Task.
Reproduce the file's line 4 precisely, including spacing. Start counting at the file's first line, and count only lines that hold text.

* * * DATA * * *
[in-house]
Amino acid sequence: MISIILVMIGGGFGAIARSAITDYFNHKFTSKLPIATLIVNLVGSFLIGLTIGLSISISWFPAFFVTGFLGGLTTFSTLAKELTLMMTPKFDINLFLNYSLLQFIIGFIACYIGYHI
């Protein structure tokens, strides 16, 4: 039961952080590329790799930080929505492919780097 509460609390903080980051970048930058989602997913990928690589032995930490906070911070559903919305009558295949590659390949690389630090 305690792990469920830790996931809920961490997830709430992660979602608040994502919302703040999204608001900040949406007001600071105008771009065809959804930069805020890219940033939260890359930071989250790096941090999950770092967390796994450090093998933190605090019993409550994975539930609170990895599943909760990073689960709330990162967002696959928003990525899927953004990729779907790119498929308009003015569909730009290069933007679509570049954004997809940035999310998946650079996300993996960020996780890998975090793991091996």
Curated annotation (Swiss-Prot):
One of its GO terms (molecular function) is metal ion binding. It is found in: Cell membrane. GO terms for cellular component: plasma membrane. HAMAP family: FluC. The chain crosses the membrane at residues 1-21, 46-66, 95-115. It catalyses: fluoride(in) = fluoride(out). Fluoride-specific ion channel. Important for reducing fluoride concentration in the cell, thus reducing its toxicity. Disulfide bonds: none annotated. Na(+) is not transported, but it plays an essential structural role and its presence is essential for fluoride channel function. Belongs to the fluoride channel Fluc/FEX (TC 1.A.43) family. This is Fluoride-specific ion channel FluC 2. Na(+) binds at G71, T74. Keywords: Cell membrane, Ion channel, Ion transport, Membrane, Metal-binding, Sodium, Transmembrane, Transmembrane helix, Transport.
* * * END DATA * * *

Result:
Curated annotation (Swiss-Prot):